|Department of Public Information • News and Media Division • New York|
Sixtieth General Assembly
50th Meeting (PM)
BUDGET COMMITTEE APPROVES MANAGEMENT REFORM TEXT BY VOTE OF 108 IN FAVOUR
TO 50 AGAINST, WITH 3 ABSTAINING
In Voting on Draft Resolution Sponsored by Developing
Countries, Committee Breaks Long Tradition of Consensus Decision-Making
In a move many delegations called polarizing, the Fifth Committee (Administrative and Budgetary) tonight broke a decades-long tradition of consensus decision-making by resorting to a vote on a draft resolution that would define how Secretary-General Kofi Annan can carry out his wide-ranging proposals to reinvigorate the United Nations management structure.
The text, approved by a vote of 108 in favour to 50 against with 3 abstentions (Armenia, Norway and Uganda) (see Annex), would have the General Assembly reaffirm its determination to further strengthen the Organization’s role to more effectively respond to existing and new global challenges in the twenty-first century.
A week-long battle over Mr. Annan’s vision for a fundamental overhaul of the United Nations Secretariat ended tonight when last minute negotiations between the European Union and the “Group of 77” developing countries and China failed to produce a consensus decision. The Committee had extended its resumed session to allot more time for developed and developing countries searching for common ground on the 23 proposals put forward by the Secretary-General in his report, “Investing in the United Nations: for a stronger Organization worldwide”.
The Committee met formally several times this week attempting to take action on the Group of 77-sponsored draft, but discussions ended in deadlock and a request for a recorded vote. This prompted the Secretary-General to set aside two of his proposals so that a divisive vote could be avoided. Last evening, when no clear agreement emerged, several delegations cautioned that serious implications would flow if the Committee stepped away from its traditional practice and voted on the text. Action came after closed-door negotiations last night and further consultation today.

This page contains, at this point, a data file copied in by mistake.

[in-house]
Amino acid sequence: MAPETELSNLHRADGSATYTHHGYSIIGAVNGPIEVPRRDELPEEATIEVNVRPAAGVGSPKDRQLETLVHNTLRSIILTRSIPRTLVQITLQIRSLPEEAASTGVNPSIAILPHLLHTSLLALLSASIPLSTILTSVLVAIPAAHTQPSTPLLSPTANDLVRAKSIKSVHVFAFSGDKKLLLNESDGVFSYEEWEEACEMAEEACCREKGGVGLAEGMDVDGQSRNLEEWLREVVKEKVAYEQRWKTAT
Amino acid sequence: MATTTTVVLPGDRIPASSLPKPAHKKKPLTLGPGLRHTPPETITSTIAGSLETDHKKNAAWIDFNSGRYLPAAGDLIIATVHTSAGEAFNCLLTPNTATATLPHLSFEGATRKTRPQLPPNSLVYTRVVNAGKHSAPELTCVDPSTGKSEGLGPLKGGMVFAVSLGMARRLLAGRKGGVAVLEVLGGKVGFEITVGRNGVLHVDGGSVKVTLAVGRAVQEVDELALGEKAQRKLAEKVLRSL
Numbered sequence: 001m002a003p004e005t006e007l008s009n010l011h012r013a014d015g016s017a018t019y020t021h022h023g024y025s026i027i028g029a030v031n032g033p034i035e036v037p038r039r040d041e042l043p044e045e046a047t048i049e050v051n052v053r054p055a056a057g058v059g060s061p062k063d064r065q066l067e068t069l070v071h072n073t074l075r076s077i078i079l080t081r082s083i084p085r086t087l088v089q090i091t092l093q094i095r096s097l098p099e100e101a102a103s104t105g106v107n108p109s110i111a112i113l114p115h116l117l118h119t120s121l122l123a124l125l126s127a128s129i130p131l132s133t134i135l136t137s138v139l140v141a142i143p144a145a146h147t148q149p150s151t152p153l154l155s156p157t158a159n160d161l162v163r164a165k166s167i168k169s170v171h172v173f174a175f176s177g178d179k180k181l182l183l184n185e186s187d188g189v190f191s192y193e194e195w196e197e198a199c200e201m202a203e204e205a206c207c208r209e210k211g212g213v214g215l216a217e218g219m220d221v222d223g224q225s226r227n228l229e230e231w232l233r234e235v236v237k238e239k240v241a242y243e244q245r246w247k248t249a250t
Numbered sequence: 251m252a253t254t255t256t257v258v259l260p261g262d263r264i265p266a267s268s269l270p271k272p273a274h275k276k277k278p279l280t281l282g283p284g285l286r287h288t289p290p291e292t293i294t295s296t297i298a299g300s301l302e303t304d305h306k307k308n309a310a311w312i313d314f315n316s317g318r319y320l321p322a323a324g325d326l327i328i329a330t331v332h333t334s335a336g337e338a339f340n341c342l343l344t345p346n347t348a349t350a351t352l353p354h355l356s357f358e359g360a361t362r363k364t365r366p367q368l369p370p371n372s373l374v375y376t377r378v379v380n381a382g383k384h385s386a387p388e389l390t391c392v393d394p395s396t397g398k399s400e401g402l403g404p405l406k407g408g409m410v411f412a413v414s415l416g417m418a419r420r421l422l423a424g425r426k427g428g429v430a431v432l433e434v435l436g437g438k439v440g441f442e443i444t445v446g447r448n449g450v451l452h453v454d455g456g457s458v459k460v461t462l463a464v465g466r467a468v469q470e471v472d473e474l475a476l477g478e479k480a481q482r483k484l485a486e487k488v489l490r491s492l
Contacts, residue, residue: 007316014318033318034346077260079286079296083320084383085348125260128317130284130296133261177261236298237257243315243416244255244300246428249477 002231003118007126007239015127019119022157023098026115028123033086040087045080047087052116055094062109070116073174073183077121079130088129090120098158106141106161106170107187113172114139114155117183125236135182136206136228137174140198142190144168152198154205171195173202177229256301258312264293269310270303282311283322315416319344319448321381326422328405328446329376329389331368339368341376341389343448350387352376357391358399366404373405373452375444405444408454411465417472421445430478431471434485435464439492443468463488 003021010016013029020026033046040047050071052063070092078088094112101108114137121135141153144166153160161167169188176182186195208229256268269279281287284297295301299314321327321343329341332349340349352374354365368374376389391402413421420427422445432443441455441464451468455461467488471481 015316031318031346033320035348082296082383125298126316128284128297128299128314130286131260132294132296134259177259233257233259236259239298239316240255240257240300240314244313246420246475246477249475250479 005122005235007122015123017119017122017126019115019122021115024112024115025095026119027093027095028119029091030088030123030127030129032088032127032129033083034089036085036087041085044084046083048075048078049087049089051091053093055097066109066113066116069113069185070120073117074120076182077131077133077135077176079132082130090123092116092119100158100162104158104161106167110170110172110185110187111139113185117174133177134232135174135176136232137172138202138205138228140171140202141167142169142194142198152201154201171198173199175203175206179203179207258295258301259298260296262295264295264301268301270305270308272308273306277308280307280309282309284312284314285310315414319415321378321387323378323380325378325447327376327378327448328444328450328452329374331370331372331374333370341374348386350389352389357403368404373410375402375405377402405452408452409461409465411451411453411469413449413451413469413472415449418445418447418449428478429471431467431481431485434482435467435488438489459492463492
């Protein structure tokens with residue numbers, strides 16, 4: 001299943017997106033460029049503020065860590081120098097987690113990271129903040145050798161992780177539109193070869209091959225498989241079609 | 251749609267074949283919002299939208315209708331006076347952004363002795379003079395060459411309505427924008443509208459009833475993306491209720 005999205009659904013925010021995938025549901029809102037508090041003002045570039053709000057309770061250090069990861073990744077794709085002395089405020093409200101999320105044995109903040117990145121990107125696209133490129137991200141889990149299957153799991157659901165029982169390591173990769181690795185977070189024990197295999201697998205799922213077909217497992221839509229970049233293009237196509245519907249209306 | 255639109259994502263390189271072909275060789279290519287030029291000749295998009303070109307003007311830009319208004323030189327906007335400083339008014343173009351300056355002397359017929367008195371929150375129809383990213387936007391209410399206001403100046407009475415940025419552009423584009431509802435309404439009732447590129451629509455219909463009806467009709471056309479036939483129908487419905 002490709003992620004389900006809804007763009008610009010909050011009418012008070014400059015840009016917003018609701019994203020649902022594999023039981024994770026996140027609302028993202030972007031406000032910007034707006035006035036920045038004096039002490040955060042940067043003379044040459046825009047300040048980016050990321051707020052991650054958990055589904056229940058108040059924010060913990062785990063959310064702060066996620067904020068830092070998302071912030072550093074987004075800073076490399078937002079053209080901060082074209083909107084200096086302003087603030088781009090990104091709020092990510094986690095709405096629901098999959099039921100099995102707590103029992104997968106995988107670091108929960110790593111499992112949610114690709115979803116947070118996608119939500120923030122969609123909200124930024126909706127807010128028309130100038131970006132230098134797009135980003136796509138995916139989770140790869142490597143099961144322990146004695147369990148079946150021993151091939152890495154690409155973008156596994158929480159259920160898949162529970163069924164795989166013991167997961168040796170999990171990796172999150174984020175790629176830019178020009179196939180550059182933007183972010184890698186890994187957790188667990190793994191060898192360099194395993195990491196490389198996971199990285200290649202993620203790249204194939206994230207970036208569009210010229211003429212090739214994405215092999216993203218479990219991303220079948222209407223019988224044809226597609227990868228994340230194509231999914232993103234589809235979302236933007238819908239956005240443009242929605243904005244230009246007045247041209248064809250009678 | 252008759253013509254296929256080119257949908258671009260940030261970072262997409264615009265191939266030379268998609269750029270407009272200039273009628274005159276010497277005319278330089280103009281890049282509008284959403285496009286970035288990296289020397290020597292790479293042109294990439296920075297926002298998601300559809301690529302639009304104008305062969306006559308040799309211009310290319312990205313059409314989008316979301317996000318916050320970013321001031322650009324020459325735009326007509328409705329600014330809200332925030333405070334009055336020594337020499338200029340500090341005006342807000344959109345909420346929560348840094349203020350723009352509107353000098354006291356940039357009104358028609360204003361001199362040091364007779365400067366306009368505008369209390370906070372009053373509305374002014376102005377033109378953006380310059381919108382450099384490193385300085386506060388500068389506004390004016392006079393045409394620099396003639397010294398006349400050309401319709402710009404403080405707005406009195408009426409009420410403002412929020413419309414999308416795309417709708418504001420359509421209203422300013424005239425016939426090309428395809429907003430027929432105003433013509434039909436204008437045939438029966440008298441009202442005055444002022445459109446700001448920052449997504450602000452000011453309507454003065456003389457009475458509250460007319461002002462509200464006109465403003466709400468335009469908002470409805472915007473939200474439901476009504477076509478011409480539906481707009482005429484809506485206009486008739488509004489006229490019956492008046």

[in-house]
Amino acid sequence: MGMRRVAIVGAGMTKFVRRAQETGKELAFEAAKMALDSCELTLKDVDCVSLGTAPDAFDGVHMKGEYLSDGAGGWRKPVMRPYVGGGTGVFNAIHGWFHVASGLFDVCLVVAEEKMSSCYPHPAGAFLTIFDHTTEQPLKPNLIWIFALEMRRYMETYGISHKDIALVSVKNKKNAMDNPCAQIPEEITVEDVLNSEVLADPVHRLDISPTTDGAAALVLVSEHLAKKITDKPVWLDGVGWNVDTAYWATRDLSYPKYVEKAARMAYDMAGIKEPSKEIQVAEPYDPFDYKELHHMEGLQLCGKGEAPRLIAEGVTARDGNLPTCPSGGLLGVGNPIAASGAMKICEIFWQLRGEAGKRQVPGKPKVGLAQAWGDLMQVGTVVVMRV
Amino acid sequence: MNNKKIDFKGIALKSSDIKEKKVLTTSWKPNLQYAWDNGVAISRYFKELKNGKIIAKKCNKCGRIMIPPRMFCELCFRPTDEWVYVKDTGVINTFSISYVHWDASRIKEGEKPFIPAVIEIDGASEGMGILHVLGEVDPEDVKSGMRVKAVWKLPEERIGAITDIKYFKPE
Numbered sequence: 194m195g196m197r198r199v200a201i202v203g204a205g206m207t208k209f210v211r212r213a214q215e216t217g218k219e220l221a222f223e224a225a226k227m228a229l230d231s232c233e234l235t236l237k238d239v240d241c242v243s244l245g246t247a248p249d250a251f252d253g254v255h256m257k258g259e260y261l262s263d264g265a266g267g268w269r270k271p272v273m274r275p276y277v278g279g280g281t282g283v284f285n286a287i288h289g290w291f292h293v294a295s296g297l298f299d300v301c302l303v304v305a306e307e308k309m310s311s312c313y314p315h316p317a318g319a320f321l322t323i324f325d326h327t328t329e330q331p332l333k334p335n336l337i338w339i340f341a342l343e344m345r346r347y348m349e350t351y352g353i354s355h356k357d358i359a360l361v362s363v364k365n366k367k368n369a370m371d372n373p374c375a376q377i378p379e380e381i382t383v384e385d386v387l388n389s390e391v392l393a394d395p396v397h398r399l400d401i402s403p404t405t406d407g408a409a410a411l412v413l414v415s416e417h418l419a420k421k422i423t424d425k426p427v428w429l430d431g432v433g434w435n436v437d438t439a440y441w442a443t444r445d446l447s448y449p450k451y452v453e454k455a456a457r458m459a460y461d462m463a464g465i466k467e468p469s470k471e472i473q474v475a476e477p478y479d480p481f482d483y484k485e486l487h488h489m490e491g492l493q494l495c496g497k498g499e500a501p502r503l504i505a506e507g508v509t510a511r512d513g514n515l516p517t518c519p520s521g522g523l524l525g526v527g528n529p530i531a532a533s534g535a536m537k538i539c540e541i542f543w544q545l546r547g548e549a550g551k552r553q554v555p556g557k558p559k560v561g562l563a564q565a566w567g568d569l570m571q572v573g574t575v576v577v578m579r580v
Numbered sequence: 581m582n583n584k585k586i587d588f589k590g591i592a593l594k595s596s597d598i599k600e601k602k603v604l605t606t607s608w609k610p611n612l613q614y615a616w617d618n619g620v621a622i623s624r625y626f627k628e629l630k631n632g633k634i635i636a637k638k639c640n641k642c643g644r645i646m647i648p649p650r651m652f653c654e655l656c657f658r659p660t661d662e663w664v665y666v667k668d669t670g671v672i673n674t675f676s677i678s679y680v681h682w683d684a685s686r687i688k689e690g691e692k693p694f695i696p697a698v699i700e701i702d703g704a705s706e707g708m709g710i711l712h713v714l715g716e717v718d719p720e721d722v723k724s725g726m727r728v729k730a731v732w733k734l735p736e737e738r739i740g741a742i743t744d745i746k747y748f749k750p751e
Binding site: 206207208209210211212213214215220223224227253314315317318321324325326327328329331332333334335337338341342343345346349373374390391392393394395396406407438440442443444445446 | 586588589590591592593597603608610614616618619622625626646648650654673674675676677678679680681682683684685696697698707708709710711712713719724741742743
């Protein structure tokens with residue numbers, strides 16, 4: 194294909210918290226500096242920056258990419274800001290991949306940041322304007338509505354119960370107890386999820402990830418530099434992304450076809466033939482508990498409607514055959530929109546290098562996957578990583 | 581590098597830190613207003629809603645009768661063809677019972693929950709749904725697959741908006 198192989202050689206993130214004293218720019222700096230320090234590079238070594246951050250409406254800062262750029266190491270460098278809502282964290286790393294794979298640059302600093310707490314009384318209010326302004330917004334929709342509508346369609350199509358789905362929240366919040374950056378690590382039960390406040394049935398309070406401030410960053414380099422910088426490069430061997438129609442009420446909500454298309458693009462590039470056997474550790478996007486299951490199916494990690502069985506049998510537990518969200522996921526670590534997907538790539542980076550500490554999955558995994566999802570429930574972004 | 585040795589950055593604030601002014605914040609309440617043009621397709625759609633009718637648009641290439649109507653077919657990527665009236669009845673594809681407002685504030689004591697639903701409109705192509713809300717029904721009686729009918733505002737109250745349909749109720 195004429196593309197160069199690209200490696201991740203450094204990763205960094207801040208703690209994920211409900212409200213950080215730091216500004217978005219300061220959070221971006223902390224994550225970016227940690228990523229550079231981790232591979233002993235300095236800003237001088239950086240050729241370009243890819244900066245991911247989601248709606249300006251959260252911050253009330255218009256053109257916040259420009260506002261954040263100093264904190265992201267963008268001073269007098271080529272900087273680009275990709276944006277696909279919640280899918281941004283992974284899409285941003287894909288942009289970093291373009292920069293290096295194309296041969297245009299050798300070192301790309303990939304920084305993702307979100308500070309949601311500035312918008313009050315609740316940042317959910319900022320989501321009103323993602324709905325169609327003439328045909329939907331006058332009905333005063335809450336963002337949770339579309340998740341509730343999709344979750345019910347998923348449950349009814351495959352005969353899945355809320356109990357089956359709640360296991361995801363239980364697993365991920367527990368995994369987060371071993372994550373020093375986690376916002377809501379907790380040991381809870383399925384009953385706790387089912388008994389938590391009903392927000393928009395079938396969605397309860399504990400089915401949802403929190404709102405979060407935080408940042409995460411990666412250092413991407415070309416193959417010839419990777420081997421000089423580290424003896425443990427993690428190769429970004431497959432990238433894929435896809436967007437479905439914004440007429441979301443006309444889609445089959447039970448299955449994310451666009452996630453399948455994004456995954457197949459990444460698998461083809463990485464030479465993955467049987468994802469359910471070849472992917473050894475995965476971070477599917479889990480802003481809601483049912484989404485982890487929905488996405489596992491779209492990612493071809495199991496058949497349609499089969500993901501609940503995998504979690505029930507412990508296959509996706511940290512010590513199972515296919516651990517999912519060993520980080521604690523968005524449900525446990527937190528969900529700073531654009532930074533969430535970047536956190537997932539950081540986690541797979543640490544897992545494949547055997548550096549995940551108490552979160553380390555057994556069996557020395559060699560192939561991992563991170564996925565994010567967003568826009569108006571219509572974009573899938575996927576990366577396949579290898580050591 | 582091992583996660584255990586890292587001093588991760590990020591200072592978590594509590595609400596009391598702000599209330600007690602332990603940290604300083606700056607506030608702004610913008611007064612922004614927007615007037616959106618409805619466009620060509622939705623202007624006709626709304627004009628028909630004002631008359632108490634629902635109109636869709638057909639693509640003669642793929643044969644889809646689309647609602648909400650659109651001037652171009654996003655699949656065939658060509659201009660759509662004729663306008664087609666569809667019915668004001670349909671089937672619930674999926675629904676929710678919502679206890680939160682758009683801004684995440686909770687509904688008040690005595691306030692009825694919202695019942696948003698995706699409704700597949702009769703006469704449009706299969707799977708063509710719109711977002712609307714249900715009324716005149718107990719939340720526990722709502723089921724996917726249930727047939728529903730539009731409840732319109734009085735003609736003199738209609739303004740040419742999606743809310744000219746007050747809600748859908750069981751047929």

By the terms of the text, the Assembly would stress that setting the United Nations priorities was the prerogative of Member States and reaffirm the Assembly’s role in carrying out a thorough analysis and approval of the human and financial resources and policies, with a view to ensuring full, effective and efficient implementation of all mandated programmes and activities.
Explaining his position, South Africa’s representative, on behalf of the Group of 77 and China, said the Group believed in the reform of the United Nations and had tried its best to reach out to all its negotiating partners to arrive at an acceptable decision. The Group strongly believed in the right of each Member State to have an equal say in the Organization’s decision-making that was not dependent on financial contributions to the budget. That was why the Group had been vocal in wanting to protect the nature of the Organization, particularly the oversight role of the Assembly. The reform required the collective agenda and engagement of all, and the Group was ready to support the Secretary-General in his efforts to better the Organization.
Cautioning that the decision would further polarize the Organization’s membership on the important question of management reform, Austria’s representative, on behalf of the European Union, said the action represented a serious violation of the Committee’s long-standing working methods and consensus practice. As the Secretary-General’s proposals were interrelated, the Union could not agree to a “cherry-picking” process, where proposals were selectively rejected, amended and convoluted with conditions, while their detailed elaboration was still pending. On the issue of governance, he said the Union did not endorse any proposal to vest decision-making in small exclusive groups of Member States. However, the Fifth Committee’s current method of doing business needed improvement as was clearly demonstrated by the situation in which it found itself today.
By other terms of the text, the Assembly would stress the importance of strengthened accountability in the Organization and of ensuring greater accountability of the Secretary-General to Member States, including for the effective and efficient implementation of legislative mandates and the use of human and financial resources.
The Assembly would also request the Secretary-General to specifically define accountability, as well as clear accountability mechanisms, in the context of reports requested in the resolution, and propose clear parameters for its applications and instruments for its rigorous enforcement -– without exception -– at all levels. The Assembly would also emphasize the need for strengthening oversight in the Organization.
In other action tonight, the Committee decided to defer several items to its sixty-first session.